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Superior Court enjoins Loblaws from maintaining minimum scheduling requirements


In an extraordinary decision, the Ontario Superior Court of Justice has just granted an interlocutory injunction prohibiting Loblaws Companies Limited and Loblaws Supermarkets Limited (“Loblaws”) from maintaining minimum scheduling requirements for part-time employees, pending resolution of outstanding grievance arbitrations on the issue. See: Sawyer v. Loblaws, 2011 ONSC 7251.


The decision is particularly troublesome from an employer advocate’s perspective for many reasons, not all of which can be discussed in a short blog. But let’s briefly consider a few.


Normally, this type of dispute is subject to the adage “work now, grieve later” and is to be resolved by a labour arbitrator who, by statute and collective agreement, generally has exclusive jurisdiction over the dispute and recognized expertise. Further, arbitration can be expedited (as indeed is happening in this case) and arbitrators can make interim orders (short of reinstating an employee on an interim basis). In this case, however, the union has bypassed the arbitration mechanism and obtained interim relief in a parallel forum.


Also troubling is the Court’s finding that the union was able to demonstrate that its members would suffer “irreparable harm” if the injunction were not granted. Showing irreparable harm is a prerequisite under the law of injunctions and it is generally understood that where a party may be compensated in damages following a trial, interim injunctive relief should be denied.


However, the Court noted that a number of employees alleged that they had lost their jobs (or risked losing their jobs) because of Loblaws’ insistence that they work assigned schedules. These employees said that they had to quit Loblaws in order to keep a second job, spend time with their families or attend to such things as child care obligations. Having this in mind, the Court determined that a grievor’s potential job loss or loss of control over a schedule to ensure care can constitute “irreparable harm”. However, in the same breath the Court recognized that a potential job loss “may be compensated for later in damages”. Doesn’t that sound a bit contradictory? How can something be “irreparable harm” when it is recognized that it may be compensated in damages?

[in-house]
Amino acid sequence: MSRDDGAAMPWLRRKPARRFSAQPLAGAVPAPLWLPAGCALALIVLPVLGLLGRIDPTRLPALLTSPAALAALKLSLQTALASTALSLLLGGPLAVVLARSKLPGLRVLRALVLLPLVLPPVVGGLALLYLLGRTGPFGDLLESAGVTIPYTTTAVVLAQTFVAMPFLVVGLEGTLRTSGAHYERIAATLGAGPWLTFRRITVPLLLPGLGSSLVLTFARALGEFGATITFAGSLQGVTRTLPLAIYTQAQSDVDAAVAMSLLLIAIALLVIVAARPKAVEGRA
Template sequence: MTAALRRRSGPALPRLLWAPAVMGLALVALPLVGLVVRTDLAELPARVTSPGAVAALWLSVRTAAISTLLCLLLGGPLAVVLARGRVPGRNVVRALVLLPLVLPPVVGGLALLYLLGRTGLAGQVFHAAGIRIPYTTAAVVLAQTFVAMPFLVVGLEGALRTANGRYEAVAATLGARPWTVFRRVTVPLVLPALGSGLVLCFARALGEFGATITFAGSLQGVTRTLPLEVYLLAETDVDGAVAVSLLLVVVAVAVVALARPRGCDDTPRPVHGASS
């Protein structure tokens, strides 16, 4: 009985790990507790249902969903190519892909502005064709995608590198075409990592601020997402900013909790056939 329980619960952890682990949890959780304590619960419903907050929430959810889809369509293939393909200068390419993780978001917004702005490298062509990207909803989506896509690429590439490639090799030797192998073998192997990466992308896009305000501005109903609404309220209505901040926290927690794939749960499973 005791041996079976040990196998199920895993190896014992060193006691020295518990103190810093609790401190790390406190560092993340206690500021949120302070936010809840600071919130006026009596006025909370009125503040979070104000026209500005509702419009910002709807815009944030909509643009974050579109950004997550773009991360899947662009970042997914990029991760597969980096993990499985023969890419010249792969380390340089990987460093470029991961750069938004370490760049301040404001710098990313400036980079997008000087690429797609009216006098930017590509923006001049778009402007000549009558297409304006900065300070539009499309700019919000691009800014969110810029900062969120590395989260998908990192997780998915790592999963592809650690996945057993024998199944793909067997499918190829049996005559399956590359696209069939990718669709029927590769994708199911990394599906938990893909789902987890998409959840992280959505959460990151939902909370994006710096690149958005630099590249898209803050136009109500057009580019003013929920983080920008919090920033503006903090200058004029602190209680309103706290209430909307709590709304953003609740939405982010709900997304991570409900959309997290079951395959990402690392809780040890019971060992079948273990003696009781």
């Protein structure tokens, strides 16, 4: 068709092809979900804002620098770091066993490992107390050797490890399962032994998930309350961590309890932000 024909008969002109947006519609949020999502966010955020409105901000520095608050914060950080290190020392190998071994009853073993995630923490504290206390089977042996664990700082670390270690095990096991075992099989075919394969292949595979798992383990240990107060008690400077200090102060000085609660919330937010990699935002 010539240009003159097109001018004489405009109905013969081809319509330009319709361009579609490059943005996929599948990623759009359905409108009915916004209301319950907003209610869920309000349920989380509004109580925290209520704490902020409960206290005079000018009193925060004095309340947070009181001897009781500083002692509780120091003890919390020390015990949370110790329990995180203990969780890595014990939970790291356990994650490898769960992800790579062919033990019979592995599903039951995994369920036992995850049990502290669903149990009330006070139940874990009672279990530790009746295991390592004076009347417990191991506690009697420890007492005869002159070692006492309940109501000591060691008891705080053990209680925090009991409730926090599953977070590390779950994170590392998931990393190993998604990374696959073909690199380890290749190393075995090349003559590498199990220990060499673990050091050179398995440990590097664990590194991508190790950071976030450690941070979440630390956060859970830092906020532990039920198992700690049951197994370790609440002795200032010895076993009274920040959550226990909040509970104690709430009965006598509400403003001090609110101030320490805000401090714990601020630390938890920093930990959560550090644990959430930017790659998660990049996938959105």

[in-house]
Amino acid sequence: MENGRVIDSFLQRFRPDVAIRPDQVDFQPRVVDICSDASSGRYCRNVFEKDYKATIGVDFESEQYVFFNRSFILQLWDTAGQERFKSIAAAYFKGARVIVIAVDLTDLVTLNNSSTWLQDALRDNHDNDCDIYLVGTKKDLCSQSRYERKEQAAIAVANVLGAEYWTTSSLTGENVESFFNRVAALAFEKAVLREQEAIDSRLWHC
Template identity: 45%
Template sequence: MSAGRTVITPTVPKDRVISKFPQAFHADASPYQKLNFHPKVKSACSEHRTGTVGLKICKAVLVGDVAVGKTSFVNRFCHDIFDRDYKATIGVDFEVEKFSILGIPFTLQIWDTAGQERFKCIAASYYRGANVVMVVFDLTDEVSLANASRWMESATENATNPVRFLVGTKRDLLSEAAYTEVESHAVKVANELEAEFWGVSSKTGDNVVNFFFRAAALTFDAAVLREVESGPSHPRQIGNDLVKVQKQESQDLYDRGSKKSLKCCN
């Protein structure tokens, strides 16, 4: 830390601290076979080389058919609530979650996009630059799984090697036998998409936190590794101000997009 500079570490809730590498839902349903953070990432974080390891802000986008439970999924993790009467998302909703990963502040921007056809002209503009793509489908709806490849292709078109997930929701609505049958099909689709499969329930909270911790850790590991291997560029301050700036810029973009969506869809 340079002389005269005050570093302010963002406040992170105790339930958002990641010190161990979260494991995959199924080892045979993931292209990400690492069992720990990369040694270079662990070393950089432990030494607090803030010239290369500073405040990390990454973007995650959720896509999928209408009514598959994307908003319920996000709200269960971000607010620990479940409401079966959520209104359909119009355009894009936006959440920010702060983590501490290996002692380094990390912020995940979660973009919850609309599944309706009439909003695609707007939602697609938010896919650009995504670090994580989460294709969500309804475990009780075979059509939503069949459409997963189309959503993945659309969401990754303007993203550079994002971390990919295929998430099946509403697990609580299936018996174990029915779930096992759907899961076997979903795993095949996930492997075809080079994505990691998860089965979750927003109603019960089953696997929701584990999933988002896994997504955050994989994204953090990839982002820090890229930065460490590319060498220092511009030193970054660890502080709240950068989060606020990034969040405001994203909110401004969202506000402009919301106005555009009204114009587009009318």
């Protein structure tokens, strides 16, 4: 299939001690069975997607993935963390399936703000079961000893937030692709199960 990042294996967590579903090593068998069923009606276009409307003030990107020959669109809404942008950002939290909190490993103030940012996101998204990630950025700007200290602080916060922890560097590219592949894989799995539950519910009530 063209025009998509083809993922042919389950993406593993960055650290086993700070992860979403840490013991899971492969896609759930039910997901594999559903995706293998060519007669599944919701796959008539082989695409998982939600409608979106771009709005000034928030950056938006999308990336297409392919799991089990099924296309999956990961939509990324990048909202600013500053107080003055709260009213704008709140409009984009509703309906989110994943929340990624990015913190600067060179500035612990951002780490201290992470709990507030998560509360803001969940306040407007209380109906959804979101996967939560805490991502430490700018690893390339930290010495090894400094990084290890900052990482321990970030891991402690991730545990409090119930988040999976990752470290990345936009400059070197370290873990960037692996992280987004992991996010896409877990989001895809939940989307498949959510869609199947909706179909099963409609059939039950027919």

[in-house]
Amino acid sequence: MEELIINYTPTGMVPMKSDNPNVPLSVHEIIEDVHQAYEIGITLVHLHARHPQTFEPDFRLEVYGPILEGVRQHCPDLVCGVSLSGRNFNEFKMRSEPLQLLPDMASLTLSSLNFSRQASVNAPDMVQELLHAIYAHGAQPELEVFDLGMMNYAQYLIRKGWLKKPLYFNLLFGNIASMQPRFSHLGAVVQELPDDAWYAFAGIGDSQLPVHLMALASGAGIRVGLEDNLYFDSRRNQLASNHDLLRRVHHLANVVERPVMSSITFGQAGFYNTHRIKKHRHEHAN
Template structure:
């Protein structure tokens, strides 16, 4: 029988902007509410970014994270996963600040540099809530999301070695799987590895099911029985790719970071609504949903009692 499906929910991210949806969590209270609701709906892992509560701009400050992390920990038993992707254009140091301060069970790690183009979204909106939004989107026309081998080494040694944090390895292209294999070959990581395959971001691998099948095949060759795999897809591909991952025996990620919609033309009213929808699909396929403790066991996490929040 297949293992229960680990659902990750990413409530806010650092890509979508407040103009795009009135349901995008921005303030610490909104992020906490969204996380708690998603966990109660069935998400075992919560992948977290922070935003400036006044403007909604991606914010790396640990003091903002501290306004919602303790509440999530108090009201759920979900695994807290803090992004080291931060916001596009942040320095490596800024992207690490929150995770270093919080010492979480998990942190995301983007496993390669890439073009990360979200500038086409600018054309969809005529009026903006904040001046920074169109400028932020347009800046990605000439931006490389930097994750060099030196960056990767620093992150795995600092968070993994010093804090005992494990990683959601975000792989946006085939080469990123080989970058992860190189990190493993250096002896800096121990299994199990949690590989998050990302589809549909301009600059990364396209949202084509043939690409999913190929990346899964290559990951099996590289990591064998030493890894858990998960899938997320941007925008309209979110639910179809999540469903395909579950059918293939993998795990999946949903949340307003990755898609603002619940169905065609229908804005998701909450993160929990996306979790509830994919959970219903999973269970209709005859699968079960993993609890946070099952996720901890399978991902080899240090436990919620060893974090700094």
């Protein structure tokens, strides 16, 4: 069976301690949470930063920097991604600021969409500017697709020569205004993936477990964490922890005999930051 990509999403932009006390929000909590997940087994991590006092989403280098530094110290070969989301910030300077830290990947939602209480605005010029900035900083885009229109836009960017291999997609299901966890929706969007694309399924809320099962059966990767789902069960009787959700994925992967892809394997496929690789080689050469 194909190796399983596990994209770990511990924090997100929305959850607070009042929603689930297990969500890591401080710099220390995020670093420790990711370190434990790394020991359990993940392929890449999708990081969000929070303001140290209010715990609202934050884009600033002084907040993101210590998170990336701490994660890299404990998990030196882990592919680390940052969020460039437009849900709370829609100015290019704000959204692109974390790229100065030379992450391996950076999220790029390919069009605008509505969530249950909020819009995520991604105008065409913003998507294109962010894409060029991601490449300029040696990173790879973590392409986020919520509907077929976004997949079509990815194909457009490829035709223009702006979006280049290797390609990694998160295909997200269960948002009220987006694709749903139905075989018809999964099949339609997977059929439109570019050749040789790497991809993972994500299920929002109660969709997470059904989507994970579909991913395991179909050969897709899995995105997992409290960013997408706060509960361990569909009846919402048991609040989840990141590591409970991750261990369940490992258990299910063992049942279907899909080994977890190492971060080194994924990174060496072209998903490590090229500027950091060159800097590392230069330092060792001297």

Another troubling aspect of this decision is that the Court agreed that not all employees stood to suffer irreparable harm, but only some employees, which the Court nonetheless found did not stop it from issuing a blanket-style injunction, instead of injunctions covering the unique circumstances of individual employees. Indeed, out of the hundreds of employees potentially involved, only a handful actually put evidence of their situation before the Court.


A key consideration of the Court appears to have been that at least a number of the potentially affected employees involved “individuals and families who are struggling week to week to meet expenses”. For the Court, this outweighed Loblaws’ concerns that it is heading into the Christmas season not knowing if it will be able to adequately staff its stores.


If this sort of ruling can happen in this sort of case, what is there to stop a union from successfully taking this route in other such cases? After all, many Canadian employees struggle to make ends meet and it is a hardship for any employee to have to chose between respecting assigned work schedules and other obligations such as family and second jobs.


The law of the unionized workplace has historically recognized that employers are allowed to make business decisions and implement them in order to maintain competitiveness and meet client needs, even if this results in an employee termination. When such decisions violate a collective agreement, employees can later be made whole through monetary compensation, reinstatement and other relief. However, if it is now the case that employers can be so easily forced to wait several months before implementing such things as chain-wide scheduling practices, we are indeed entering a new world of labour relations. Time will tell if this approach is the new normal or not.

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